When we think of the living world, be it ourselves, plants, or anything else squishy and alive - we rarely think of metals. We think of ourselves as organic entities, and as metals as belonging to the cold, lifeless world of buildings and technology. Even if we did think of ourselves in purely chemical terms, we would usually think of the old classics like oxygen, carbon, and nitrogen.
But metals play a crucial role in every known living organism, including you and I. They might not account for much by weight, but there are metal atoms in all sorts of places within us. The oxygen in our blood relies on iron to be transported. Plants use magnesium to capture energy from the sun. And every thought you have ever had has relied on potassium to be conveyed along neurons. They are usually referred to as 'minerals' which is possibly why we don't think of them as metals, but they are everywhere and vital.
My PhD is all about one specific metal, zinc, and how it interacts with our proteins to give them abilities they would never otherwise have. Proteins are the chain-like molecules that do pretty much everything useful in our bodies. Produced from instructions in genes, they fold up into a particular 3D shape, and carry out their functions. I say 'chain-like' because they are chains of building blocks called amino acids, of which there are twenty, and these amino acids give proteins their unique abilities.
For some tasks however, these twenty amino acids are not enough. They are all made of organic atoms, which are unable to do certain things which metal atoms can do. On a technical level, the electrons in a metal atom are arranged somewhat differently than in organic atoms, allowing them to interact with molecules slightly differently.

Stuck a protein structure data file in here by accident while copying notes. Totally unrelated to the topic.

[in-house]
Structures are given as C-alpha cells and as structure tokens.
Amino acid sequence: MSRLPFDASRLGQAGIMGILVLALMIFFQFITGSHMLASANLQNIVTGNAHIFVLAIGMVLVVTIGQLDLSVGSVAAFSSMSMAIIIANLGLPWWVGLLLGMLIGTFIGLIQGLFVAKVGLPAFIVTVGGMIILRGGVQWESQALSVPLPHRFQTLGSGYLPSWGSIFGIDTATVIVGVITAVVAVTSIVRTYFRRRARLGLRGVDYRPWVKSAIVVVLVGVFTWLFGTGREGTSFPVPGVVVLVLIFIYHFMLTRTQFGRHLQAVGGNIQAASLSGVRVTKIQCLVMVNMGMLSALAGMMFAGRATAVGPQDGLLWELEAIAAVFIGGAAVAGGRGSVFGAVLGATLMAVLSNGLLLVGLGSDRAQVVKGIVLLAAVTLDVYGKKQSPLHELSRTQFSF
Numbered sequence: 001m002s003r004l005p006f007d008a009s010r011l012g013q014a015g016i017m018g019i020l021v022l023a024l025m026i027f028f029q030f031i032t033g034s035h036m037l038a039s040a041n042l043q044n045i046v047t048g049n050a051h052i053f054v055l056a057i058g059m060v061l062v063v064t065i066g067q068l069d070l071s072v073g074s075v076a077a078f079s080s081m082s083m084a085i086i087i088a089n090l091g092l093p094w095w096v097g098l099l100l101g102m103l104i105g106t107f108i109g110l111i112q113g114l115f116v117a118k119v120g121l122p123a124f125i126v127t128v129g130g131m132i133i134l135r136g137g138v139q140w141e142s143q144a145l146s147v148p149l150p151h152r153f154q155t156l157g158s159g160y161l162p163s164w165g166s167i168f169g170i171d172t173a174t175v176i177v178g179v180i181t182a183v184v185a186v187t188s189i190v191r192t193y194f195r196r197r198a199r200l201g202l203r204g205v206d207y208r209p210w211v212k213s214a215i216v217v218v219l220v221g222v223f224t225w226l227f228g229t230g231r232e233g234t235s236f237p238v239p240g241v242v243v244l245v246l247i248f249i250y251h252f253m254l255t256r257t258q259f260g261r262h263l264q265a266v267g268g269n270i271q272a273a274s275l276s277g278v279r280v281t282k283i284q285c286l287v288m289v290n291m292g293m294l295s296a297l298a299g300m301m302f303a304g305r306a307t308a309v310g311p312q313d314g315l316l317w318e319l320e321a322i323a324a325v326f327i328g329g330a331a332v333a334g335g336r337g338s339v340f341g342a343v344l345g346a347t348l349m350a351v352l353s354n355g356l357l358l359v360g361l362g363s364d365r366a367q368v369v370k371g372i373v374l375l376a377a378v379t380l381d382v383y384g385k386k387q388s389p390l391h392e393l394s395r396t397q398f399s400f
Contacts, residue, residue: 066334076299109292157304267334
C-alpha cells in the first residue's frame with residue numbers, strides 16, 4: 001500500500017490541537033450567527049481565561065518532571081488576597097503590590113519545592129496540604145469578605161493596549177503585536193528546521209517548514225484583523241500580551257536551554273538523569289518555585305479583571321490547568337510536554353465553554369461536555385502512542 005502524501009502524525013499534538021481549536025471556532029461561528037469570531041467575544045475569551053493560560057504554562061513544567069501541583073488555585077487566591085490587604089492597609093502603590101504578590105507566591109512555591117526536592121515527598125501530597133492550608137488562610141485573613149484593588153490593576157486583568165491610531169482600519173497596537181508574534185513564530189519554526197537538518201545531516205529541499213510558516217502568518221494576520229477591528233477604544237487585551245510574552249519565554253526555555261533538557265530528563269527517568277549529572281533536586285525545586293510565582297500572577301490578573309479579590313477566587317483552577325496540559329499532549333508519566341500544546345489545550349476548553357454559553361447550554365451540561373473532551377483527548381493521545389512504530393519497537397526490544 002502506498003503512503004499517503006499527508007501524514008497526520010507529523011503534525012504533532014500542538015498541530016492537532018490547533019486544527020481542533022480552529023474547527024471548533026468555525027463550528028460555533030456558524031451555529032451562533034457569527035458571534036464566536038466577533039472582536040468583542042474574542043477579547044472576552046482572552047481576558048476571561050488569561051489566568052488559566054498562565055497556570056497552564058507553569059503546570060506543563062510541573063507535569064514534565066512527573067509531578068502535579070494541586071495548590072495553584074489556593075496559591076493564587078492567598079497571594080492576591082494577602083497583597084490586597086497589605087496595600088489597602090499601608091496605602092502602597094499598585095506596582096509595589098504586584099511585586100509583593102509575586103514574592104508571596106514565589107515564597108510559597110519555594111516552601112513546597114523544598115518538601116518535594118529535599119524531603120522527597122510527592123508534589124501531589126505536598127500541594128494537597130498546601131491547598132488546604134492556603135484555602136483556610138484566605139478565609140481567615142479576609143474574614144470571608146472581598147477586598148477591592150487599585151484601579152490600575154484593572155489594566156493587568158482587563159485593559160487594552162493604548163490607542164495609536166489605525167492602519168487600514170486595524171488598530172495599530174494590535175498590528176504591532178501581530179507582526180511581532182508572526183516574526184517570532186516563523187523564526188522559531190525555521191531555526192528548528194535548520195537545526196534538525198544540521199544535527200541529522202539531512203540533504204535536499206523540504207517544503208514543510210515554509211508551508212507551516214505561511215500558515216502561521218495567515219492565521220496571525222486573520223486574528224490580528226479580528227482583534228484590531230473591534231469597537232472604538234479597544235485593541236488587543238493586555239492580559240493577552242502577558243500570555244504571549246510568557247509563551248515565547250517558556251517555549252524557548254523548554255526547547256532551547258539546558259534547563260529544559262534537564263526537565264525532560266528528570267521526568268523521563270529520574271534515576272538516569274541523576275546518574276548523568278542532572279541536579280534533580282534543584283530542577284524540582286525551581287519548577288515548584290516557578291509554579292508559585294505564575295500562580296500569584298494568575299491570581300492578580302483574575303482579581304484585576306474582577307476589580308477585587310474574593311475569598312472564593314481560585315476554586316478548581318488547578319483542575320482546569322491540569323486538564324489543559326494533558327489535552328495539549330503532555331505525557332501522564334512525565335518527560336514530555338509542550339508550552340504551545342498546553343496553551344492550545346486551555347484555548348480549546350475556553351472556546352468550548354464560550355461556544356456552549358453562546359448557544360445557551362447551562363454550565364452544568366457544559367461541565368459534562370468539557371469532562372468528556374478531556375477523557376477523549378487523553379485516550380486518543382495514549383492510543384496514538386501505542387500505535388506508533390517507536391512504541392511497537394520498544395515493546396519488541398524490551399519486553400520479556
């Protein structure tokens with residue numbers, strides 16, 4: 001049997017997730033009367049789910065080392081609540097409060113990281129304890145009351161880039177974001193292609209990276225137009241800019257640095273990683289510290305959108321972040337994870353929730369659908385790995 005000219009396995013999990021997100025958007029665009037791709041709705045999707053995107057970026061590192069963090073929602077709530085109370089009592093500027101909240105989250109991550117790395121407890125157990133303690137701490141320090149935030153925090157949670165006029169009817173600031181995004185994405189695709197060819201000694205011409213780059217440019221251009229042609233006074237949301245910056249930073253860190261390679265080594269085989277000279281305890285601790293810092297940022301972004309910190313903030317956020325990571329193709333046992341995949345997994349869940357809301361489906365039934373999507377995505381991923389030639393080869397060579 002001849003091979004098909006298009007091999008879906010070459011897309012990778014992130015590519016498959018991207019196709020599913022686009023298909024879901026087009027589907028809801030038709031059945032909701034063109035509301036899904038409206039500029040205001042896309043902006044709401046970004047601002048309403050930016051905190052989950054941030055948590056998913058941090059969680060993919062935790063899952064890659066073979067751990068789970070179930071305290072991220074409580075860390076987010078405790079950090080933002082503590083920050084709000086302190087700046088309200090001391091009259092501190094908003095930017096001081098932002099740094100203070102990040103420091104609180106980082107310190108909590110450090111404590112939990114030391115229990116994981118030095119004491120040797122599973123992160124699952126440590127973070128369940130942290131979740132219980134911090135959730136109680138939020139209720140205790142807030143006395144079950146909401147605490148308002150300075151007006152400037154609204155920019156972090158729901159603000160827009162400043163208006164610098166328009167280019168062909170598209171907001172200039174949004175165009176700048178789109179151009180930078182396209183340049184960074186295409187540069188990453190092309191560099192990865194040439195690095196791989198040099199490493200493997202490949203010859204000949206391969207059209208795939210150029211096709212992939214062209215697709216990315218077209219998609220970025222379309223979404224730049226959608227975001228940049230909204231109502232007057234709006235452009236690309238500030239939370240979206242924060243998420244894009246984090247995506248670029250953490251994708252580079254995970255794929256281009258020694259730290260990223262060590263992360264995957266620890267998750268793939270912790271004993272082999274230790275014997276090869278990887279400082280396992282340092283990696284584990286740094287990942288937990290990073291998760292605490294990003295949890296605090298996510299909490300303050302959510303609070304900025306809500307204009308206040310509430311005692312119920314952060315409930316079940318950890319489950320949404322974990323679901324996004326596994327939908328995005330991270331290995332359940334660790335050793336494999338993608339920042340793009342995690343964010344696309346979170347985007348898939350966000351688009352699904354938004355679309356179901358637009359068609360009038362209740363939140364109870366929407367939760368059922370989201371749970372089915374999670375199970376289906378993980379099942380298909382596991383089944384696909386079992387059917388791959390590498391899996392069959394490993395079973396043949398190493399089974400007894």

So, to access these abilities, proteins need to incorporate metal atoms. Since none of the amino acids have metal atoms in them, they have to do this in a rather roundabout way - they fold in such a way that three or four amino acids will cluster together to form a 'binding site' - a region of the protein which a metal atom will be attracted to. When the metal being drawn in is zinc, the area is a zinc binding site.
Essentially, my PhD project is to find ways of predicting if a protein contains a zinc binding site, when you know either its protein sequence (i.e. the amino acids it contains and the order they are in, but not their actual arrangement in space) or its structure without zinc bound. After all, these zinc binding sites have certain characteristic properties, so it must be possible to use these to find them.
How do we know what these characteristic properties are? Well, we know the structures of many, many proteins by now - they are all stored in a resource called the Protein Data Bank. Many of these contain zinc, so there are thousands of zinc binding sites ready to be examined and studied.
That is why the first part of my PhD has been to create a single, definitive dataset of all known zinc binding sites, called ZincBind. I have created tools which go to the Protein Data Bank, work out which contain zinc atoms, looks at every structure, and gets all the zinc binding sites. This can be quite an involved process, as the software has to work out which amino acids are actually interacting with the zinc, work out whether any binding sites should be combined into a single site, and various other irritations that I won't go into.
The end results is a dataset of about 25,000 binding sites, from about 14,000 PDB structures. They are all annotated with the amino acids that the zincs stick to, the sequence of amino acids in the protein chain, information about the structure itself, and more. It will be regularly updated, and is the central dataset that my PhD project will use to create the predictive models I mentioned earlier.
That could well have been the end of it as far as my project is concerned - I only needed the dataset privately, and didn't need to do anything else to it. But access to the dataset has been made public via the ZincBind website. This is a Django web app which lets anyone access the data, query it, download it, and visualise each binding site in 3D thanks to the NGL plugin.
So that's ZincBind. The full paper goes into more technical detail about how the data was generated, and some of the preliminary analysis of the data that has already been performed, if you are interested. Otherwise, why not just explore the resource itself. After all, zinc is good for you.